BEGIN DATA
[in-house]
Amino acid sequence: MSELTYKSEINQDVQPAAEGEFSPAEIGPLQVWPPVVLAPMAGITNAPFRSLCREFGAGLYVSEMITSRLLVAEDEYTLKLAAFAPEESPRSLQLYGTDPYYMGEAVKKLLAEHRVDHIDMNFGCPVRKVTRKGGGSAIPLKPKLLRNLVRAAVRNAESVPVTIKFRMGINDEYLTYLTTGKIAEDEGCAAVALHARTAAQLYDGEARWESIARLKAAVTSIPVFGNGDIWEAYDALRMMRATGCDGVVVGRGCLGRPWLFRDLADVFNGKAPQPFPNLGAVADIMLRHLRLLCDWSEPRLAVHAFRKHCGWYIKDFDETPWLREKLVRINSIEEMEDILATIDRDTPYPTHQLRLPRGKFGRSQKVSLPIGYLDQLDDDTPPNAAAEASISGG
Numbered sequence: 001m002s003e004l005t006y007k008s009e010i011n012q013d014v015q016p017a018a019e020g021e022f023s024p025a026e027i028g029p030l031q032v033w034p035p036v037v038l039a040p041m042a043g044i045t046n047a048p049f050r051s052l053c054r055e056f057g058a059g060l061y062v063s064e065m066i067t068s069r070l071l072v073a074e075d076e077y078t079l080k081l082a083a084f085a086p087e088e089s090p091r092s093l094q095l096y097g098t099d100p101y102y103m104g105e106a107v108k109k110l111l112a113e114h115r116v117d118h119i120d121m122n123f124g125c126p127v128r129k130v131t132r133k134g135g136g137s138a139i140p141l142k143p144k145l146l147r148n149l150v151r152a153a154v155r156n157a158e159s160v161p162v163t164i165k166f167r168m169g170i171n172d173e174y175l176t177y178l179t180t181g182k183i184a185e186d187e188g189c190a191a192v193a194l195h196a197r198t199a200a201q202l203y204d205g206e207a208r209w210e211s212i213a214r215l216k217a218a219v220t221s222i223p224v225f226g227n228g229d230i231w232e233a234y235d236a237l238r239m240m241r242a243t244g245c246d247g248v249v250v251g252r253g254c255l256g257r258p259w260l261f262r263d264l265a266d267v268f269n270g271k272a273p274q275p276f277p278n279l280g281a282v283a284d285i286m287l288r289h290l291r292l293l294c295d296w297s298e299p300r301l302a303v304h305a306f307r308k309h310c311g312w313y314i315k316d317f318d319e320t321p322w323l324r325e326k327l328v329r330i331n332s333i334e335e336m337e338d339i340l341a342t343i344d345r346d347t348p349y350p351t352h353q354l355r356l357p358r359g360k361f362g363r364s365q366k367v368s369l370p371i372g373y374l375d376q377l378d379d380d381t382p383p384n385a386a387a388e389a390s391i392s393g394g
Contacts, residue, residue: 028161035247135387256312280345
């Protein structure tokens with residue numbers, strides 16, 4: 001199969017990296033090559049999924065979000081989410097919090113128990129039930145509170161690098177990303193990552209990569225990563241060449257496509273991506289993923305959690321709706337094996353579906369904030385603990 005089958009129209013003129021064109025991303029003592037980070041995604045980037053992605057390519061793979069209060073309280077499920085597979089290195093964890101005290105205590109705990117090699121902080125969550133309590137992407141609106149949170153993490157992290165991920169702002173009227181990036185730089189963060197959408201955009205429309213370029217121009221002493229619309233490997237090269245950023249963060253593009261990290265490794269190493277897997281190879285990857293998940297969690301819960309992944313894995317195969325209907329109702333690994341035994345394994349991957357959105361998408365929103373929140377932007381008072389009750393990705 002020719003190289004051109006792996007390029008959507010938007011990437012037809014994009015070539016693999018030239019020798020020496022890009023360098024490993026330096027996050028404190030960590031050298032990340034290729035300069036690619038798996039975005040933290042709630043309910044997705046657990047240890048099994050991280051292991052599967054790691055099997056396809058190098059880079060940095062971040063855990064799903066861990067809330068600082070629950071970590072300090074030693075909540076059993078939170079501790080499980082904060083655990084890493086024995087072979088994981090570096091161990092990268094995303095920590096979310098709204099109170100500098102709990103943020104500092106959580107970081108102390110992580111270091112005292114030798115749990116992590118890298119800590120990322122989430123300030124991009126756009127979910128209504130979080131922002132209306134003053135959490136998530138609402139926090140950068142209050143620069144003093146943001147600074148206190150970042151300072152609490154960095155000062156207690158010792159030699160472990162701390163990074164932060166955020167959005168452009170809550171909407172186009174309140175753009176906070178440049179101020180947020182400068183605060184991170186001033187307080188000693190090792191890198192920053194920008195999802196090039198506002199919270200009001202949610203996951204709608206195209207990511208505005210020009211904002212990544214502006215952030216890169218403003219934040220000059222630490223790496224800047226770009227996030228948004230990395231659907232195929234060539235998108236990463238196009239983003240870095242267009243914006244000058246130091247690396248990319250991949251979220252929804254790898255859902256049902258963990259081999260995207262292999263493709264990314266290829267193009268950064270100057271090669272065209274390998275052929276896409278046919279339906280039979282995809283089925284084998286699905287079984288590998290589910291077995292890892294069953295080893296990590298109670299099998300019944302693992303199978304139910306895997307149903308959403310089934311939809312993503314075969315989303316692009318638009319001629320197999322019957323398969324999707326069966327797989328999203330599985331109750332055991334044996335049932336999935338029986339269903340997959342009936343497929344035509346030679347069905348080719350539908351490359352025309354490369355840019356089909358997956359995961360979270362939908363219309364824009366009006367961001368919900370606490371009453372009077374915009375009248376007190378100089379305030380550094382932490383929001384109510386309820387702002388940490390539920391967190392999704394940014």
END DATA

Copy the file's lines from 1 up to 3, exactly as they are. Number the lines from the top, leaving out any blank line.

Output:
[in-house]
Amino acid sequence: MSELTYKSEINQDVQPAAEGEFSPAEIGPLQVWPPVVLAPMAGITNAPFRSLCREFGAGLYVSEMITSRLLVAEDEYTLKLAAFAPEESPRSLQLYGTDPYYMGEAVKKLLAEHRVDHIDMNFGCPVRKVTRKGGGSAIPLKPKLLRNLVRAAVRNAESVPVTIKFRMGINDEYLTYLTTGKIAEDEGCAAVALHARTAAQLYDGEARWESIARLKAAVTSIPVFGNGDIWEAYDALRMMRATGCDGVVVGRGCLGRPWLFRDLADVFNGKAPQPFPNLGAVADIMLRHLRLLCDWSEPRLAVHAFRKHCGWYIKDFDETPWLREKLVRINSIEEMEDILATIDRDTPYPTHQLRLPRGKFGRSQKVSLPIGYLDQLDDDTPPNAAAEASISGG
Numbered sequence: 001m002s003e004l005t006y007k008s009e010i011n012q013d014v015q016p017a018a019e020g021e022f023s024p025a026e027i028g029p030l031q032v033w034p035p036v037v038l039a040p041m042a043g044i045t046n047a048p049f050r051s052l053c054r055e056f057g058a059g060l061y062v063s064e065m066i067t068s069r070l071l072v073a074e075d076e077y078t079l080k081l082a083a084f085a086p087e088e089s090p091r092s093l094q095l096y097g098t099d100p101y102y103m104g105e106a107v108k109k110l111l112a113e114h115r116v117d118h119i120d121m122n123f124g125c126p127v128r129k130v131t132r133k134g135g136g137s138a139i140p141l142k143p144k145l146l147r148n149l150v151r152a153a154v155r156n157a158e159s160v161p162v163t164i165k166f167r168m169g170i171n172d173e174y175l176t177y178l179t180t181g182k183i184a185e186d187e188g189c190a191a192v193a194l195h196a197r198t199a200a201q202l203y204d205g206e207a208r209w210e211s212i213a214r215l216k217a218a219v220t221s222i223p224v225f226g227n228g229d230i231w232e233a234y235d236a237l238r239m240m241r242a243t244g245c246d247g248v249v250v251g252r253g254c255l256g257r258p259w260l261f262r263d264l265a266d267v268f269n270g271k272a273p274q275p276f277p278n279l280g281a282v283a284d285i286m287l288r289h290l291r292l293l294c295d296w297s298e299p300r301l302a303v304h305a306f307r308k309h310c311g312w313y314i315k316d317f318d319e320t321p322w323l324r325e326k327l328v329r330i331n332s333i334e335e336m337e338d339i340l341a342t343i344d345r346d347t348p349y350p351t352h353q354l355r356l357p358r359g360k361f362g363r364s365q366k367v368s369l370p371i372g373y374l375d376q377l378d379d380d381t382p383p384n385a386a387a388e389a390s391i392s393g394g